As the inland seas retreated to the north, the coastal swamps and succeeding forest parks and meadowlands of northwest New Mexico disappeared under the advancing river flood plains. Within these sediments lie the buried remains of the rich animal life that lived there. Ancient animal life is represented by isolated teeth and bones of fish, turtles, lizards, mammals, and dinosaurs, who at their zenith dominated the other life forms. These treasures of the past await explorers willing to brave this badlands wilderness.
This 3946 acre area is now known as the Bisti Wilderness. It was designated by Congress in the San Juan Basin Wilderness Protection Act of 1984. Bisti, translated from the Navajo language, means "badlands" and is commonly pronounced (Bis-tie) in English and (Bis-ta-hi) in the Navajo language.
Federal law prohibits the collection of vertebrate fossils and petrified wood without authorization. Collection of petrified wood and other fossil material interferes with scientific research and eliminates the opportunity for others to view and to photograph these unusual wilderness features.
The abundant vegetation and animal life that once existed is in stark contrast to today's barren badlands. time and the natural elements have etched out a fantasy world of strange rock formations and fossils. It is an ever changing environment that offers the visitor a remote wilderness experience.
The two major geological formations found in the wilderness are the Fruitland Formation and the Kirtland Shale. The Fruitland Formation makes up most of what the visitor will see while in the badlands and contains interbedded sandstone, shale, mudstone, silt and lignite to bituminous coal. The weathering of the sandstone forms the many spires and hoodoos (sculpted rock) found throughout the wilderness. The Kirtland Shale contains rock of various colors. This shale caps the mushroom shapes landforms of the area. The red hills result when the shale is baked by high temperatures produced by oxidation of the surrounding coals. These hills are most picturesque at dusk. The billowy mounds made up of a crumbling layer of caked soil are the product of rapidly eroded silts and clays.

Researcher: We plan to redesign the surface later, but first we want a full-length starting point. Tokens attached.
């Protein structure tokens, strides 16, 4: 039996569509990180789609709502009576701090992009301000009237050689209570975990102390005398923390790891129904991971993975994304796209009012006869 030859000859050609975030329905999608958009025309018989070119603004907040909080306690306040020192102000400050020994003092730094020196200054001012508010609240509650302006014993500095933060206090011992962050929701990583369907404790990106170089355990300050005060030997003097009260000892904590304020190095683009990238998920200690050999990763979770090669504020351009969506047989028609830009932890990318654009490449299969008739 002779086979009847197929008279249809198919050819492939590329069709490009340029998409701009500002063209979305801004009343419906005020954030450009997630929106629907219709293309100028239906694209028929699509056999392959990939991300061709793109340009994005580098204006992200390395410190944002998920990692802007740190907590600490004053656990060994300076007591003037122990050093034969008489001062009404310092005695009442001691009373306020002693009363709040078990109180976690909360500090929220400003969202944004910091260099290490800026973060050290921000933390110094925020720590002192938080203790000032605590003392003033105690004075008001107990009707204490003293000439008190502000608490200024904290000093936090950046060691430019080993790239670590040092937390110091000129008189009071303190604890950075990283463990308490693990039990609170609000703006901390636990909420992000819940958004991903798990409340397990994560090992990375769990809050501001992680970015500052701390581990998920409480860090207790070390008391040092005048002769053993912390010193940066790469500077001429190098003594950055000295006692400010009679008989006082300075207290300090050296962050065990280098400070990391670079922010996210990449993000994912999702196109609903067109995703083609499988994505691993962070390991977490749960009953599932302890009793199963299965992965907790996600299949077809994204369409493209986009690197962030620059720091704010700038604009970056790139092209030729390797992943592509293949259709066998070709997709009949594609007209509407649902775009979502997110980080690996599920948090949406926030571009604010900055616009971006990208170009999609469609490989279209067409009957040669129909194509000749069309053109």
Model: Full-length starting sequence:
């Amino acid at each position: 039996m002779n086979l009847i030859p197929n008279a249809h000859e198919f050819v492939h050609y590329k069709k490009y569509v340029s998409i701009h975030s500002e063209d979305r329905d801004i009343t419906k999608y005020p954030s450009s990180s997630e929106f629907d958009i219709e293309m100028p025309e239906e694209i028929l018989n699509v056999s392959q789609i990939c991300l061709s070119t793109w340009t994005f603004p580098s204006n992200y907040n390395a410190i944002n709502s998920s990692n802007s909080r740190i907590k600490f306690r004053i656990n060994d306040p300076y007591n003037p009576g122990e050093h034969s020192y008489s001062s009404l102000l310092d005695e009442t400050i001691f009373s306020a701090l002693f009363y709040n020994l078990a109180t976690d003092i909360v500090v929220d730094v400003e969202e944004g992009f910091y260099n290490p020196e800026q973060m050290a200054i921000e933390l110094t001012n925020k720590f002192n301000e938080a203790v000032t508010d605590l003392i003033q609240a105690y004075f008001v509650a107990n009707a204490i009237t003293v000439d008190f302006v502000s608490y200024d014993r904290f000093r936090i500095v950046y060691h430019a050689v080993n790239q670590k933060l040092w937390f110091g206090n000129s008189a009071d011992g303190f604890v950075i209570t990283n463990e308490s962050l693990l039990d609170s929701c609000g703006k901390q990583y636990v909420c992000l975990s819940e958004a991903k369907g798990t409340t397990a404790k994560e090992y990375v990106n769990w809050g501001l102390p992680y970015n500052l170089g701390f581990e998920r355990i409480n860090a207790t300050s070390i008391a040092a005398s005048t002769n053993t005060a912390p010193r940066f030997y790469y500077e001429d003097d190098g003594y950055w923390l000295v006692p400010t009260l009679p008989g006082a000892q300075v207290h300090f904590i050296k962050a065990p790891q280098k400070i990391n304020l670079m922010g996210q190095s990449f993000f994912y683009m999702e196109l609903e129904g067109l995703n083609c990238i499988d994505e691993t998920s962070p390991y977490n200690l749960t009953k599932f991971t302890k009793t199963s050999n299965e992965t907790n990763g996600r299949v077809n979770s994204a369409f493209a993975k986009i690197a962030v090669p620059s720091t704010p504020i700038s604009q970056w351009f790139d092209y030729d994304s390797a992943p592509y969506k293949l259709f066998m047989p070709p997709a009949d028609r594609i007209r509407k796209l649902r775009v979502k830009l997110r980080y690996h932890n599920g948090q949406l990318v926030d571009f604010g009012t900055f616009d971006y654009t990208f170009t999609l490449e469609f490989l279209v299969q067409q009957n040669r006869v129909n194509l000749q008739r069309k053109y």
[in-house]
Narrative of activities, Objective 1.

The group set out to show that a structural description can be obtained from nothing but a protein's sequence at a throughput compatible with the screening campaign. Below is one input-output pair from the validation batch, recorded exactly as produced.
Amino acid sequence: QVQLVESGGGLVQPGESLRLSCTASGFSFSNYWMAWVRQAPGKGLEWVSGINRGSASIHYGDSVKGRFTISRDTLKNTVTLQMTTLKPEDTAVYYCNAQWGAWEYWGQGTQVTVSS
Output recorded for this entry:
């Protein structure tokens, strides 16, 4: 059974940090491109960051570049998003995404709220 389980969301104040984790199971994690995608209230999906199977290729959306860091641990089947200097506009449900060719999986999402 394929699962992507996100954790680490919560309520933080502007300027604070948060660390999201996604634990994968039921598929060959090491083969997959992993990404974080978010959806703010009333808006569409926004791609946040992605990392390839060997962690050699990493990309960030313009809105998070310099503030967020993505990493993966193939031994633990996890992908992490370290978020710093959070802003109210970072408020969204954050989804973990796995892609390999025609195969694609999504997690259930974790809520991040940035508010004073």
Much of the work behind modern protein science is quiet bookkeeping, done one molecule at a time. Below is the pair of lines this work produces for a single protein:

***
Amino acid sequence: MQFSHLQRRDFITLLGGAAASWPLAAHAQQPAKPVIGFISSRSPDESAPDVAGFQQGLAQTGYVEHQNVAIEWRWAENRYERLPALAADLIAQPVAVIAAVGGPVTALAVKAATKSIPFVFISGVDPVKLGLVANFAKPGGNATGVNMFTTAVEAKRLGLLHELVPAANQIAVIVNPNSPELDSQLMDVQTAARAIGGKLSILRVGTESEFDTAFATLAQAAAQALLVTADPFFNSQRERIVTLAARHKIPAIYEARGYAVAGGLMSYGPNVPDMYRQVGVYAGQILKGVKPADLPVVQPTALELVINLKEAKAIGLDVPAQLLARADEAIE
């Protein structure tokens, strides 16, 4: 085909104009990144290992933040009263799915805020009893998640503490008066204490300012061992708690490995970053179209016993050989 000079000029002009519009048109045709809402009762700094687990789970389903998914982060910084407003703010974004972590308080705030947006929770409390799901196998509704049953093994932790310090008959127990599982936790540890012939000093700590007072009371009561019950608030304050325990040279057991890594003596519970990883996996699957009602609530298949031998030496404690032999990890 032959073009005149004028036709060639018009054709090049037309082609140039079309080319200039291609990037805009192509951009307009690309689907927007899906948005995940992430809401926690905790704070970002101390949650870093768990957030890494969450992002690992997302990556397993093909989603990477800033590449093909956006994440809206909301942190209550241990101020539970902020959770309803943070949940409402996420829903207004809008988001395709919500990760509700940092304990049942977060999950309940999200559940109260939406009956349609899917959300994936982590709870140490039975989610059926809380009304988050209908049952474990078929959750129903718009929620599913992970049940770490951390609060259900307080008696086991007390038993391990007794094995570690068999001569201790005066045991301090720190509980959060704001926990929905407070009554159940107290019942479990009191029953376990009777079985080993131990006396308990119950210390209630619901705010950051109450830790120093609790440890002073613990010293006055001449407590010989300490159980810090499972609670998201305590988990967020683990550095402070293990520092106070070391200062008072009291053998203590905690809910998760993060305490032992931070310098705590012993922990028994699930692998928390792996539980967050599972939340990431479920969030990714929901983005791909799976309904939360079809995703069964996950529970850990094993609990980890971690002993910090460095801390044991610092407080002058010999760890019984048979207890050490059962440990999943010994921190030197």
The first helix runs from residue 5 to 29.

Climbing on rock formations is dangerous, accelerates erosion and destroys the scenic value of the area.
Managing wilderness is a difficult task that requires a commitment from the managing agency as well as the public. The challenge for management lies in ensuring that the management actions and activities within the wilderness are carried out in a manner that is compatible with the wilderness resource. The challenge for visitors is to use the area in harmony with the wilderness environment and to leave no trace of your visit.
The Bisti Wilderness Management Plan (1986) details specific administrative guidance for preserving wilderness values. It also details actions to restore any natural conditions negatively affected by human influences, and to allow the area to be nurtured and preserved as wilderness. The Management Plan is available from the Farmington office of the BLM upon request.
No permit is required at this time to visit the Bisti Wilderness and to engage in primitive types of recreation. permits are required for uses such as grazing, mineral exploration, scientific research, outfitting/guiding, and commercial filming.
The Bisti Wilderness Management plan call for replacement of highway directional signs and maintenance of an undeveloped parking area, boundary fencing and signing. Development of interpretative displays and a self-registration system are planned actions as well as acquistion of an adjacent section of state land once the Gateway Coal Mine has been reclaimed.
The Bisti is accessible from Farmington, New Mexico, by traveling south on State Highway 371 for approximately 30 miles and exiting left for six miles on a gravel road that will take you past the old Bisti Trading Post to an undeveloped parking area and access to the wilderness. The area can also be approached from Crownpoint, New Mexico, by traveling north on State Highway 371 for about 46 miles and following the same gravel road described above. Travel on the gravel road is good during dry conditions but the road can get slippery and rutted during the rainy season, normally in spring and late summer.
Use of this area is regulated only to the extent necessary for its protection and your safety.
Exploring the many carved out enclaves leading from the washes allows visitors the opportunity to experience solitude and a primitive type of recreation. The highly erosive soils often erase the footprints of others that came before and may give the sense of isolation in a foreign land. The landscape has been described as a moonscape where your imagination and artistic talents could run wild.
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